Spain is undoubtedly one of the most popular destinations in Europe. Having a diverse and rich history, it’s a place that has been impacted by several cultures, including Romans, Muslims, and several others. It therefore holds a unique identity visible in its different regions. Aside from its flourishing cultural and historical scene, Spain has become largely known as the perfect summer destination due to its amazing weather during summer months. Additionally, Spain is a peninsula with very diverse terrain as well as several of the highest peaks in Europe, which adds to its charm.
One of the most popular cities in Spain is Valencia, and it is especially known for its iconic City of Arts complex. The complex was erected shortly after the Spanish were able to redirect the Turia River, and it is home to several museums, as well as a very popular planetarium and aquarium. From outside, the buildings themselves are a work of architectural art, adding charm to an already breathtaking experience. Valencia is also famous for its vibrant nightlife and extravagant festivities. Every March, the highly popular Fallas Festival takes place, where each neighbourhood of the city presents several paper figures, which are burned in ceremony at the end of the week.
The capital city of Spain never fails to provide a modern city touristic experience. Known for its very lively nightlife scene, Madrid is also well known for its breathtaking architecture. Some of the top must-see buildings in Madrid include the Royal Palace, which is the residence of the Spanish Monarch. Another popular destination in the city is the Puerta del Sol, which is a large and busy square in the heart of the city, and a home to several festivals throughout the year, as well as important events and unique street performances. Madrid is also known for its lively markets, especially the San Miguel market, located in a square called the Plaza Mayor.
Spain’s equivalent to France’s Louvre is just as impressive as its Parisian equivalent. Boasting the most important selection of Spanish art in the world, the Prado boasts thousands of pieces and is considered to be one of the world’s best museums. The building itself is as stunning as the artwork, the best of which includes the famous works of Velázquez and numerous others. The building has been recently enlarged and, in addition to several other important art museums of note, make for a splendid trip for art lovers from all over the globe.
Plaza Major Madrid
For authentic Spanish atmosphere it is essential to spend some time in the Plaza Major in Madrid. The square has been an important part of Spanish life since the late 1500s and its cobbled pavement with cafes spilling across it makes for a fabulous laid back atmosphere in which you can enjoy a drink or meal. The huge square, formerly a place for executions during the Spanish Inquisition, attracts both tourists and locals alike and is a popular meeting spot.
Santiago de Compostela
Worldwide, the Santiago de Compostela is regarded as having one of the most beautiful architectural scenes in Europe. However, for holders of the Christian faith worldwide, the city holds a higher place in their hearts. It’s believed that the Santiago de Compostela is the final resting place of St. James, an apostle of Jesus Christ. The city is often a religious destination for visitors doing the Camino de Santiago, which is a religious pilgrimage with the end destination being Santiago de Compostela. The Santiago Cathedral is no doubt an architectural wonder, and it’s also where St. James is believed to be buried. It’s a popular destination among religious pilgrims and tourists alike.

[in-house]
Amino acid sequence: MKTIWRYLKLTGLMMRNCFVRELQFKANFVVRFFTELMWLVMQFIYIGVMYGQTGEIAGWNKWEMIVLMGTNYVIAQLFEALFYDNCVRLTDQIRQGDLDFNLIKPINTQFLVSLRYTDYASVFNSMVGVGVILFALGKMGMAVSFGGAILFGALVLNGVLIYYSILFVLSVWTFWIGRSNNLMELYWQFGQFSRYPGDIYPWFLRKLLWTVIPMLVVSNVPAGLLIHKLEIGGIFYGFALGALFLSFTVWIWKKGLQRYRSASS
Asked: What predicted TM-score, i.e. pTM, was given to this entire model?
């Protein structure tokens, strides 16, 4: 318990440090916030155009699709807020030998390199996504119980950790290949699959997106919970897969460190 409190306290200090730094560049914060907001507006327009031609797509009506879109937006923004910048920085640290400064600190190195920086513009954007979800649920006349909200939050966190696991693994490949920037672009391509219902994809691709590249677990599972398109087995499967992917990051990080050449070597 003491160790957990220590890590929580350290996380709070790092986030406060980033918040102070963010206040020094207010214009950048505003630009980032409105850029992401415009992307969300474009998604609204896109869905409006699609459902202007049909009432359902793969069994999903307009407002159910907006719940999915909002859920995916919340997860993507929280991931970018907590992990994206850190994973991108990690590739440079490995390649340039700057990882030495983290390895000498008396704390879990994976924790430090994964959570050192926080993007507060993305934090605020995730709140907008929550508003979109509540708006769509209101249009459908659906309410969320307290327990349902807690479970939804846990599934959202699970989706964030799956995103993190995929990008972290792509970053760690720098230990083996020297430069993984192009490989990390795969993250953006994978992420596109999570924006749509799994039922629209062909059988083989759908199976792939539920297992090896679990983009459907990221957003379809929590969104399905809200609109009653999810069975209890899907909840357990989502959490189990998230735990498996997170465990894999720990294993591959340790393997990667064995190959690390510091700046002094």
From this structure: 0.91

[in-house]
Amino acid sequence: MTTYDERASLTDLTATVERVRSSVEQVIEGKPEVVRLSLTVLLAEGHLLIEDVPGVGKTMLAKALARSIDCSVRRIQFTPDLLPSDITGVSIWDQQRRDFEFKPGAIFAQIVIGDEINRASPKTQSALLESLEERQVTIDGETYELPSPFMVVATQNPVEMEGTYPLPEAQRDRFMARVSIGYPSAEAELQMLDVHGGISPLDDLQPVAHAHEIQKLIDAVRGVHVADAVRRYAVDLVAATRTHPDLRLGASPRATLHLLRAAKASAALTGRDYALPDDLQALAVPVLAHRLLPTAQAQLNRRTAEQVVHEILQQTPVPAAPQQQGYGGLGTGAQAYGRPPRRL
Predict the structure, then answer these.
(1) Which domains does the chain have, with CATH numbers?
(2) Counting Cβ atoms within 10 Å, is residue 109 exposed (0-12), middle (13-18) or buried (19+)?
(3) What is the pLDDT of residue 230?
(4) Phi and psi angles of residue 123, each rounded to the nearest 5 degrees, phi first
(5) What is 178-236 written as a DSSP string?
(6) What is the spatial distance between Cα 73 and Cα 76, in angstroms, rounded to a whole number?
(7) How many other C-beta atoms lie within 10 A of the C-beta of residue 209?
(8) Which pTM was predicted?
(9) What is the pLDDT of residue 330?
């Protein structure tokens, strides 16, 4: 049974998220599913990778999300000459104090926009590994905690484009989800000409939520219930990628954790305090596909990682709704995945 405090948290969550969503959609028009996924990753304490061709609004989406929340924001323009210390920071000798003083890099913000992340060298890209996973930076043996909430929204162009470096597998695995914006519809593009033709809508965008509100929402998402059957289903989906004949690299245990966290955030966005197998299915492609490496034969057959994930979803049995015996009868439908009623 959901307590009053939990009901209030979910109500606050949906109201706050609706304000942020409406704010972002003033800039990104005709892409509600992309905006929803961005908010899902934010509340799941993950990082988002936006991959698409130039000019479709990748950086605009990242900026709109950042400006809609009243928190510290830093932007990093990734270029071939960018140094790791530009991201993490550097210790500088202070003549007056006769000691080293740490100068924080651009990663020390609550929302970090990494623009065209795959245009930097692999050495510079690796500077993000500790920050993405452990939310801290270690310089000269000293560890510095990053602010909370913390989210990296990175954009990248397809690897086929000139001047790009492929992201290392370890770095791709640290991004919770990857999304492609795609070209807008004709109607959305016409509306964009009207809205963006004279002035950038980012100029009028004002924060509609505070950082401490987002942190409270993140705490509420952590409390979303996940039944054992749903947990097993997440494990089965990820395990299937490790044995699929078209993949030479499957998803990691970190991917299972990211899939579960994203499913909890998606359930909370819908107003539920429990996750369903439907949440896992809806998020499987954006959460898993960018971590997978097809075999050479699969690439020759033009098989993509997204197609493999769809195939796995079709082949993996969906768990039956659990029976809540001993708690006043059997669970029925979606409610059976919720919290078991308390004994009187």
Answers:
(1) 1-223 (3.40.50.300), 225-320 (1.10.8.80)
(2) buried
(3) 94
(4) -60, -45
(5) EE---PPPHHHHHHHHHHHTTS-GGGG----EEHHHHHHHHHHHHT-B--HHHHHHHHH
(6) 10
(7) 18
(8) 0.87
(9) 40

If you truly want to soak in the beautiful blend of architecture and history, then Cordoba is the place for you. The city is largely made of medieval architecture, and its characterized by its simple atmosphere, with small streets and several plazas interconnected in an intricate manner. Not only does it have a homey and peaceful atmosphere, Cordoba is also home to the famous Mezquita. Originally built as a mosque, today the Mezquita is a cathedral with a unique identity, boasting a blend of Muslim and Christian architecture.
Great Mosque of Cordoba
This spectacular mosque is another relic of Muslim Spain, and harks back to a forgotten era when Muslims ruled Andalucía province. The mosque boasts stunning Islamic architecture including domes and intricate columns and an orange tree courtyard. A mish-mash of different architectural styles including Byzantine influences, the Great Mosque of Cordoba is Europe’s most significant relic of the Muslim rule and a must-see for anyone wishing to understand the history of Spain.
Similar to Madrid, Seville is known for its lively nightlife scene, as well as its bustling markets and busy streets which are often occupied by one of the city’s several festivals. However, it’s a wonder of classic architecture, and it houses several popular historic and religious spots. The most popular architectural wonders in the city include the Cathedral of Seville, where Christopher Columbus is believed to be buried. It’s a picturesque scene serving to accentuate the city’s rich nature. Additionally, the city is home to the Real Alcazar, which is an incredible extravagant palace, also boasting one of the most unique architectural characteristics of its era.
Another stunning UNESCO World Heritage Site, the Seville Cathedral is built on the former Aljama mosque and contains the nearby original minaret which is now La Giralda Tower. Its huge size and intricate gothic era architecture make for a stunning site and excellent photograph opportunities. The Cathedral also contains the tomb of Christopher Columbus and attracts thousands of visitors daily.